The Sunday Times has won a legal battle against a London businessman after he sued them over a 2010 article claiming he was a “crime lord” involved in murder, drug trafficking and fraud.
According to a High Court judgment published today the story alleged that David Hunt had threatened to murder a rival property developer during a court battle to claim a share of a £20 million government investment fund.
The paper also said that Hunt, known in underworld circles as the “Long Fella”, was the head of “a vast criminal network” that Scotland Yard had deemed “too big” to tackle. It claimed that Hunt had been responsible for intimidating witnesses against him when he was prosecuted for assault in 1999. The case collapsed when the alleged victim withdrew his witness statement, the Sunday Times alleged.
Hunt said The Sunday Times allegations were “heartbreaking” and had “crucified” him as well as having a negative impact on his business relationships. He said he has legitimate businesses interests in waste management and entertainment venues.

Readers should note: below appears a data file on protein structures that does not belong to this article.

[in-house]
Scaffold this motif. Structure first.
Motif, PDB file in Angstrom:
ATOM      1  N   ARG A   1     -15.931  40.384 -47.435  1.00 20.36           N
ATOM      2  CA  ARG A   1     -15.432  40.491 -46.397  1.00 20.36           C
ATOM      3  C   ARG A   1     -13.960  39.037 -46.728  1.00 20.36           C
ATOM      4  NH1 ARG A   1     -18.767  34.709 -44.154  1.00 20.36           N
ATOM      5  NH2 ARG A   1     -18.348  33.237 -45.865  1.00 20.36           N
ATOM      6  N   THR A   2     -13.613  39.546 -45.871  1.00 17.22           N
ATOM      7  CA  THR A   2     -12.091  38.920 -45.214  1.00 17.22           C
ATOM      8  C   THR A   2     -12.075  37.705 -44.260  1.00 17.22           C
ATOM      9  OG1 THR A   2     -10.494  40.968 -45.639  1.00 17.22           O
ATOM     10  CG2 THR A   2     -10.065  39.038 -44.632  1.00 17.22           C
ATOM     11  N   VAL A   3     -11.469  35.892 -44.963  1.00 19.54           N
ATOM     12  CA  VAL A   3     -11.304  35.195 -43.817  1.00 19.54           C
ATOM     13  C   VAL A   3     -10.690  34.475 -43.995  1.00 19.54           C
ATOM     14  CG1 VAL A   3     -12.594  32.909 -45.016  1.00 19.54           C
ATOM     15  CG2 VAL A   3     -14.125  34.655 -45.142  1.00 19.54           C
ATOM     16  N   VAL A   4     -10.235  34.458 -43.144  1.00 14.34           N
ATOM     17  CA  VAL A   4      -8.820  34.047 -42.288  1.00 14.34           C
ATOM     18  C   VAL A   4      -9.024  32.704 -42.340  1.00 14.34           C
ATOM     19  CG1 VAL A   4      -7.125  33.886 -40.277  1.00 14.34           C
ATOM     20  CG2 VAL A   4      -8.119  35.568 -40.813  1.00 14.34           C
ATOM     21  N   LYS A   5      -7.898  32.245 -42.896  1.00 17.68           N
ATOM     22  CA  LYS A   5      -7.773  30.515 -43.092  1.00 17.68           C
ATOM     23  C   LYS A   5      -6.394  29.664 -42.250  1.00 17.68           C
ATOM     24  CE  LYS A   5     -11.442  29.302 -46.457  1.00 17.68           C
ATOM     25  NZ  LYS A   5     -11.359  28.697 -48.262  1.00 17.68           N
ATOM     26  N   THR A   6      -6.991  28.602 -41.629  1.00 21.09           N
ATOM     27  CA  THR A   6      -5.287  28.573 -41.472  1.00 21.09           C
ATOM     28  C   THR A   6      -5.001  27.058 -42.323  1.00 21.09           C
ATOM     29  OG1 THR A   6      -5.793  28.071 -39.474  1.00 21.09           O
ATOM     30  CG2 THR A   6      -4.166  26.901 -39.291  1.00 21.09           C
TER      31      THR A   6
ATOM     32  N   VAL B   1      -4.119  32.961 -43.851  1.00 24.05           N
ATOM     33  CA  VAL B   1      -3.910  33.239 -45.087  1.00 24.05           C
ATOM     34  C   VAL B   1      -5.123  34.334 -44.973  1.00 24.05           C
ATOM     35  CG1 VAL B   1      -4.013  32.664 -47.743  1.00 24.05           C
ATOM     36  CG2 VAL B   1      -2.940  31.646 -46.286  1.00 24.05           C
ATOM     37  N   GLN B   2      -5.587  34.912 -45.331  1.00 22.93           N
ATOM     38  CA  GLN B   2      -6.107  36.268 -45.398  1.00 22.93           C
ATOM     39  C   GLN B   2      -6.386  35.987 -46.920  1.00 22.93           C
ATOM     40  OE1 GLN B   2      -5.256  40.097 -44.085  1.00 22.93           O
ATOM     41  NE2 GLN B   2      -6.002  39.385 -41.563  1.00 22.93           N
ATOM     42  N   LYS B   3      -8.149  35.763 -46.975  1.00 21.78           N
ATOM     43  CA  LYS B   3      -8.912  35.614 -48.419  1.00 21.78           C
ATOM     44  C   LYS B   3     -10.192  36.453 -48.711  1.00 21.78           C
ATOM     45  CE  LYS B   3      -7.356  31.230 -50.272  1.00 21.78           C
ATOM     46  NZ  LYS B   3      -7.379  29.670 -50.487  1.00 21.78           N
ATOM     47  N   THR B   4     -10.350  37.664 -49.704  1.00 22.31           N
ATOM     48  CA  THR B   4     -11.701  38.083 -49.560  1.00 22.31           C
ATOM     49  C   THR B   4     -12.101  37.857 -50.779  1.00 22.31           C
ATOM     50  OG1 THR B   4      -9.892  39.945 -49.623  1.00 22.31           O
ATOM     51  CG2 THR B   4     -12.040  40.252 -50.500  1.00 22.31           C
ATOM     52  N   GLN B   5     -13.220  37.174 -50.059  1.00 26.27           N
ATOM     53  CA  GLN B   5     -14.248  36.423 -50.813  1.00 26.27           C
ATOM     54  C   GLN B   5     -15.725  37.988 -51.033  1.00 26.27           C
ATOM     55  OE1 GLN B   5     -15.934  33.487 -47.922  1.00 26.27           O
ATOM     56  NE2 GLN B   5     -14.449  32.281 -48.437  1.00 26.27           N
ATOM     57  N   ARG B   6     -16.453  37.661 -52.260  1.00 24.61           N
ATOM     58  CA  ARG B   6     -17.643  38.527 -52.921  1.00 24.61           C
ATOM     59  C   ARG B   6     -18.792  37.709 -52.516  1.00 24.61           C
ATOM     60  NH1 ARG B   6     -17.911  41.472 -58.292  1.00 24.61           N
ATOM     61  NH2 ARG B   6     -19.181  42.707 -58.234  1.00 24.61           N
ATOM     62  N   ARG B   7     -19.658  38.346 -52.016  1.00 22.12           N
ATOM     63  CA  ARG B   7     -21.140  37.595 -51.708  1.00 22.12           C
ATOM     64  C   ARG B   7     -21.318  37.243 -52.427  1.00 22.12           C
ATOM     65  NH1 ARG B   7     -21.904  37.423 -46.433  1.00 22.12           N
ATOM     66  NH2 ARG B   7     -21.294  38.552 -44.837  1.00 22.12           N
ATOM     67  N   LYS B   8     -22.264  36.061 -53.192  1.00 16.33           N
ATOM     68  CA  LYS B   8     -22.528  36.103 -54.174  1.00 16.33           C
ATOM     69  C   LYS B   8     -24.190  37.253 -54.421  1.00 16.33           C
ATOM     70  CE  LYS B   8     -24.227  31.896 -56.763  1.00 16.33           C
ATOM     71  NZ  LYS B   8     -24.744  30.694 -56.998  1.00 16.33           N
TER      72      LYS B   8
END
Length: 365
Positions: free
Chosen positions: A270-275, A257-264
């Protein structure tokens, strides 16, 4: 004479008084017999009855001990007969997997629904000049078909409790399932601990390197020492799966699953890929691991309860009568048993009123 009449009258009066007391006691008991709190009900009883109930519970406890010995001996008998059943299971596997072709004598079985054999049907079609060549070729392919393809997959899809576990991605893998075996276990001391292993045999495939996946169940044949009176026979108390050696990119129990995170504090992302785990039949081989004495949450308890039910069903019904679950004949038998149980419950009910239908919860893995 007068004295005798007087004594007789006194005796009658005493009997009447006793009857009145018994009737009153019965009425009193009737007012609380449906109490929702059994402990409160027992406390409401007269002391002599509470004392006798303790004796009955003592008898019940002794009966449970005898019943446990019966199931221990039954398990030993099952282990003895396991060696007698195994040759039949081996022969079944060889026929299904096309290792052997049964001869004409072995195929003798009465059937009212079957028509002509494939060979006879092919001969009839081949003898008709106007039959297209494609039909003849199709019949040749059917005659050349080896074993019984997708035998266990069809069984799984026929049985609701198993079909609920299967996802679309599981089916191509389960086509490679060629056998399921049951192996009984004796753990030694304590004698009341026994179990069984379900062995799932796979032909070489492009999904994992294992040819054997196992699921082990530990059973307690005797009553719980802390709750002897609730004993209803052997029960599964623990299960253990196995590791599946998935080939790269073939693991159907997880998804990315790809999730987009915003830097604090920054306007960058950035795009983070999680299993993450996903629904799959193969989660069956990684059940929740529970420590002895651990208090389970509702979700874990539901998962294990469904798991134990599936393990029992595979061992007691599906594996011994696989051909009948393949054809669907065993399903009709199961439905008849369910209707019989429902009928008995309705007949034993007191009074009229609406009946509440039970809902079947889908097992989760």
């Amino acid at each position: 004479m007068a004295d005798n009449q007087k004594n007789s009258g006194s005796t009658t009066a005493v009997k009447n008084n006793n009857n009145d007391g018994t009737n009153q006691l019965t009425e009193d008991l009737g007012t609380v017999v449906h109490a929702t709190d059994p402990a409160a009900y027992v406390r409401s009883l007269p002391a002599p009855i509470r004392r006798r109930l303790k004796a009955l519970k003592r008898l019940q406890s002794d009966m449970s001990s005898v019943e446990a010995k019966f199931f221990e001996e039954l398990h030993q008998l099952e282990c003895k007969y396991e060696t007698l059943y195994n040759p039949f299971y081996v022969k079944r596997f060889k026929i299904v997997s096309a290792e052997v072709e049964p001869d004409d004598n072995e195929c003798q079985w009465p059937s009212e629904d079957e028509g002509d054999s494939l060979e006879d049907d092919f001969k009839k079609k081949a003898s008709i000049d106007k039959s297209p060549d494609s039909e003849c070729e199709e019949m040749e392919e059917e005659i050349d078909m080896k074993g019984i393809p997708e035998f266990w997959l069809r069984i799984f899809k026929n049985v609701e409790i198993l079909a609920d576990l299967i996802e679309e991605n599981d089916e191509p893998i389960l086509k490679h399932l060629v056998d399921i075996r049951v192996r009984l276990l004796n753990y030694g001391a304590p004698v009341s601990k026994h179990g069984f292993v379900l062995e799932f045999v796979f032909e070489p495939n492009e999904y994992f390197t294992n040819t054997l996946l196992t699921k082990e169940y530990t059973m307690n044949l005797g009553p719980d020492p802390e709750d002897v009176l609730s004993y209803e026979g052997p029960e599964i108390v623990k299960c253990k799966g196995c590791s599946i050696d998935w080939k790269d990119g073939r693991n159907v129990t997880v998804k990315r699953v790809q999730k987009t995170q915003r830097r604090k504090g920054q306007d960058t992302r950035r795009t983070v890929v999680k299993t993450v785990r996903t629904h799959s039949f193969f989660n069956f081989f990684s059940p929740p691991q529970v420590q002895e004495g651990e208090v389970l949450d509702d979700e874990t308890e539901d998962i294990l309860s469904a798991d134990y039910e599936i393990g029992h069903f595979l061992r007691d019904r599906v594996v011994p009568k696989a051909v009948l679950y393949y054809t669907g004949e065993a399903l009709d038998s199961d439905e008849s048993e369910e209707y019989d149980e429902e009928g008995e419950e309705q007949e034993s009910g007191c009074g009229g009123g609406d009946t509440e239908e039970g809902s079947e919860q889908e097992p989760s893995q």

Mr Justice Simon found in favour of The Sunday Times, upholding the paper’s defence that it had published the story in the public interest.
The judge described the story, by Michael Gillard, as “a serious piece of investigative journalism which was expressed in forthright, but not extravagant, terms”.
The Sunday Times could have been liable for damages of at least £40,000 if it had lost the case, with the judge saying these could have risen to £250,000 if Hunt “had been a man of good character”
Martin Ivens, acting editor of The Sunday Times, said: "The Sunday Times welcomes the judgment of Mr Justice Simon. This expensive and risky libel battle against a notorious crime figure in East London was made possible by the courage of investigative journalist Michael Gillard and several witnesses. Hunt has been brought to justice by a libel action where the authorities have failed for more than two decades. The judgment highlights the role of journalism for the public good."